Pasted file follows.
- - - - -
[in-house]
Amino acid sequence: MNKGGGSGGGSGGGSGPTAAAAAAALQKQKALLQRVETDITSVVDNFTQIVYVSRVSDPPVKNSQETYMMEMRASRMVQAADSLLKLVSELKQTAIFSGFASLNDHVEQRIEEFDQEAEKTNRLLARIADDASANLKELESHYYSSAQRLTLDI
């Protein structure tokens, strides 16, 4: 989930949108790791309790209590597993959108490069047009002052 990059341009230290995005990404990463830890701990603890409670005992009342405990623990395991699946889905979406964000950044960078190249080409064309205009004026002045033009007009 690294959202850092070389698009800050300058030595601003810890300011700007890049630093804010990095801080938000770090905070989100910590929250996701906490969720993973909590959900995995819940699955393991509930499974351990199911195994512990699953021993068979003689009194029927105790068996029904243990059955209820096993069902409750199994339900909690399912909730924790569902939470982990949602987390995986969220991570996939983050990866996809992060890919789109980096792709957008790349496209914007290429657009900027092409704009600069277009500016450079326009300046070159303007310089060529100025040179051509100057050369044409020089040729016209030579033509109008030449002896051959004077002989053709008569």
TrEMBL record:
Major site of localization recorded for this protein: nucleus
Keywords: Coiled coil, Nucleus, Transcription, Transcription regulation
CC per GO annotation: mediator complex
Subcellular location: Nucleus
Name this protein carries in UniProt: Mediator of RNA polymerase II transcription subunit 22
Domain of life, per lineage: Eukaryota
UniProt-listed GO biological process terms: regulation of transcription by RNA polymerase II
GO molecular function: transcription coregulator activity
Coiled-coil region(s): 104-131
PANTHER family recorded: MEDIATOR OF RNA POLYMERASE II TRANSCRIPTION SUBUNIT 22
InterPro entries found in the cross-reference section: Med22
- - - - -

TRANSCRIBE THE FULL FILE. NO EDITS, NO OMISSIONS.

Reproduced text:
[in-house]
Amino acid sequence: MNKGGGSGGGSGGGSGPTAAAAAAALQKQKALLQRVETDITSVVDNFTQIVYVSRVSDPPVKNSQETYMMEMRASRMVQAADSLLKLVSELKQTAIFSGFASLNDHVEQRIEEFDQEAEKTNRLLARIADDASANLKELESHYYSSAQRLTLDI
């Protein structure tokens, strides 16, 4: 989930949108790791309790209590597993959108490069047009002052 990059341009230290995005990404990463830890701990603890409670005992009342405990623990395991699946889905979406964000950044960078190249080409064309205009004026002045033009007009 690294959202850092070389698009800050300058030595601003810890300011700007890049630093804010990095801080938000770090905070989100910590929250996701906490969720993973909590959900995995819940699955393991509930499974351990199911195994512990699953021993068979003689009194029927105790068996029904243990059955209820096993069902409750199994339900909690399912909730924790569902939470982990949602987390995986969220991570996939983050990866996809992060890919789109980096792709957008790349496209914007290429657009900027092409704009600069277009500016450079326009300046070159303007310089060529100025040179051509100057050369044409020089040729016209030579033509109008030449002896051959004077002989053709008569």
TrEMBL record:
Major site of localization recorded for this protein: nucleus
Keywords: Coiled coil, Nucleus, Transcription, Transcription regulation
CC per GO annotation: mediator complex
Subcellular location: Nucleus
Name this protein carries in UniProt: Mediator of RNA polymerase II transcription subunit 22
Domain of life, per lineage: Eukaryota
UniProt-listed GO biological process terms: regulation of transcription by RNA polymerase II
GO molecular function: transcription coregulator activity
Coiled-coil region(s): 104-131
PANTHER family recorded: MEDIATOR OF RNA POLYMERASE II TRANSCRIPTION SUBUNIT 22
InterPro entries found in the cross-reference section: Med22